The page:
How Real-Life Quidditch Has Become the World's Most Progressive Sport
Who actually plays JK Rowling's made-up broomstick sport? We visited a quidditch tournament and found a safe space for people of all genders and identities.
This article originally appeared on VICE UK.
To you and I, the average spectator, Quidditch is a fictional sport made up by everyone's fave rags-to-riches Brit author JK Rowling. It's a game played on broomsticks that exists purely within the pages of Harry Potter novels or as acted out by Tom Felton and the old Weasleys on screen. Except that it isn't. For a small group of people, it's a legitimate, real-life game not dissimilar to the hoops-and-stick fictional romp it's based on.
The fundamental difference is that the real-life players don't fly—instead, they run with a stick between their legs. Obviously. Don't be an idiot. The stick acts as a handicap in the same way that not running with the ball does in basketball, or not being able to pick up the ball does in soccer. You can have up to 21 people per roster and seven players on the pitch: a keeper (goalie of sorts), three chasers (the ones who score the hoops and get the points), two beaters (the ones with bludgers who control the dodgeball side of the game), and the seeker (the one who chases the snitch). The snitch isn't a shiny gold ball with mechanical wings; it's a low-budget tennis ball in a yellow sock tucked into the back of the shorts of the "snitch runner."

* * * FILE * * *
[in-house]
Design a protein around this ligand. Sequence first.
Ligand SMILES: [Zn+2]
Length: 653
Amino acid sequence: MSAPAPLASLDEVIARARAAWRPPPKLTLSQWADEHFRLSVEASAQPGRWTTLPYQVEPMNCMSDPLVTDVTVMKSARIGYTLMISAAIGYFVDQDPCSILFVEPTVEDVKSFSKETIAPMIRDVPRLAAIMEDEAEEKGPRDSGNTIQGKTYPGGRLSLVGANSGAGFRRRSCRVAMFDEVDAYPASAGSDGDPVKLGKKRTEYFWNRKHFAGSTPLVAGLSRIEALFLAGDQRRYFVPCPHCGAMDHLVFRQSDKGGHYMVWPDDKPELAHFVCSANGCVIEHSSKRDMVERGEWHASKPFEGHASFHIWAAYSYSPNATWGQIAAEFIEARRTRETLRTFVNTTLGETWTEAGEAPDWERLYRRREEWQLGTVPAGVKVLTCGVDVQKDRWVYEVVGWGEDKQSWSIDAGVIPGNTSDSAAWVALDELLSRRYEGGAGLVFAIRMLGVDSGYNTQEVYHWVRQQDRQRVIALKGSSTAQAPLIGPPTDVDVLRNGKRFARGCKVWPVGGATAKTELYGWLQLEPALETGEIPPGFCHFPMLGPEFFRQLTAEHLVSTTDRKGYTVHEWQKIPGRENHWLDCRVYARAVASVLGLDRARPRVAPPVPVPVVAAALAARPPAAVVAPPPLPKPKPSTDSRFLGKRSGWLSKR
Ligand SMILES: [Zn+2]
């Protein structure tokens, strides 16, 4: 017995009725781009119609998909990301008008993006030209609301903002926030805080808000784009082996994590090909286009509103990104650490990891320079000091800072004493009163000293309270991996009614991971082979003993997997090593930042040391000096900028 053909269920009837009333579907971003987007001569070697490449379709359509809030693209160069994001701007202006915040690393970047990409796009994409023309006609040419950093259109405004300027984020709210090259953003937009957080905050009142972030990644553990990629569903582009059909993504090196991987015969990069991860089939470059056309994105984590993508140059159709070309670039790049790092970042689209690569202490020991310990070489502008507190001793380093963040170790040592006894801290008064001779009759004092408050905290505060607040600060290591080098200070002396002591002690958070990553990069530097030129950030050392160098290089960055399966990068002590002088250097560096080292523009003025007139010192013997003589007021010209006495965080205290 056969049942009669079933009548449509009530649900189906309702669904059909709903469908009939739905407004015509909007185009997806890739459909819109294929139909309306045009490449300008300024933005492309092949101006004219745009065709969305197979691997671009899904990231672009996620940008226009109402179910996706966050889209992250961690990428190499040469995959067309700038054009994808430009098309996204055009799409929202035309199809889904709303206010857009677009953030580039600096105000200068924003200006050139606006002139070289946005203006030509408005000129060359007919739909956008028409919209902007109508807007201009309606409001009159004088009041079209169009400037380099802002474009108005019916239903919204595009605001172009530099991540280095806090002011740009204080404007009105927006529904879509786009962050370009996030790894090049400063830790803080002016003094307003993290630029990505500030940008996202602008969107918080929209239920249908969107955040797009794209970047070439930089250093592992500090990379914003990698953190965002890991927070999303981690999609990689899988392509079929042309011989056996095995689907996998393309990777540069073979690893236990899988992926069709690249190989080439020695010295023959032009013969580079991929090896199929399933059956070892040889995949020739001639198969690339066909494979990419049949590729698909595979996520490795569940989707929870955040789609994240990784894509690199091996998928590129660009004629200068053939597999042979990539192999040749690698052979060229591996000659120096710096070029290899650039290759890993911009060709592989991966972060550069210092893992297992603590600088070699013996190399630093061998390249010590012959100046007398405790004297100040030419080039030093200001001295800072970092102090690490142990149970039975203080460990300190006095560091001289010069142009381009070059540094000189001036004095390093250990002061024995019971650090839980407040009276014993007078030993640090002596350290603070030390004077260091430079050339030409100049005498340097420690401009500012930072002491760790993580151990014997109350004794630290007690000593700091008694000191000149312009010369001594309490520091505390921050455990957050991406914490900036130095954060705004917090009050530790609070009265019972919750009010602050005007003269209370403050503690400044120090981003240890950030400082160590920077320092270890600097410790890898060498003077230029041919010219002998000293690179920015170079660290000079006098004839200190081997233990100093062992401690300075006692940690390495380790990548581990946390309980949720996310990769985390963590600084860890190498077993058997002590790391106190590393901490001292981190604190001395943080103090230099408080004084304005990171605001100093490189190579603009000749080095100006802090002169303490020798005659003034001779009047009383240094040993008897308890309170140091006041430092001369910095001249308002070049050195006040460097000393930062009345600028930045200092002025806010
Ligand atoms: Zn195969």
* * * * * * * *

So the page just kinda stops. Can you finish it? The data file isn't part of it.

As I found out at last weekend's Quidditch UK Finals in Rugeley, far from being a pastime championing masculinity and the male, quidditch is actually all about gender inclusivity. Teams are mixed, accepting people of all genders as well as those who reject the idea of gender entirely. It's the inclusive game of the future.
I met 21-year-old Jack Leonard, one of the editors of the Quidditch Post—a publication that reaches 40,000 readers a month—and player on Oxford University's second team, the Oxford Quiddlings. Leonard is gender fluid and found the sport in first year as a result of a Harry Potter obsession. But that wasn't why he stayed. "This is the very first sport to really support gender inclusivity," he explains. "If you're trans, you play as the gender you are. If you're non-binary, it's the same thing. That parity has really made Quidditch a really unique environment. This LGBTQ element has always been a part of the sport, but more and more so, it's something we're advertising. There are always going to be people who are curious and interested in sport but aren't comfortable in an environment that's potentially claustrophobic about gender and sexuality. Quidditch is the complete opposite."
In the International Quidditch Association's rulebook, there's a huge section dedicated to explaining preferred pronouns and the terminology surrounding gender identity. Take the "four maximum gender" rule. Each team is allowed to have a maximum of four players (not including the seeker) who identify as the same gender in active play on the field. As a new sport, it's literally founded on the idea of being a safe, inclusive space.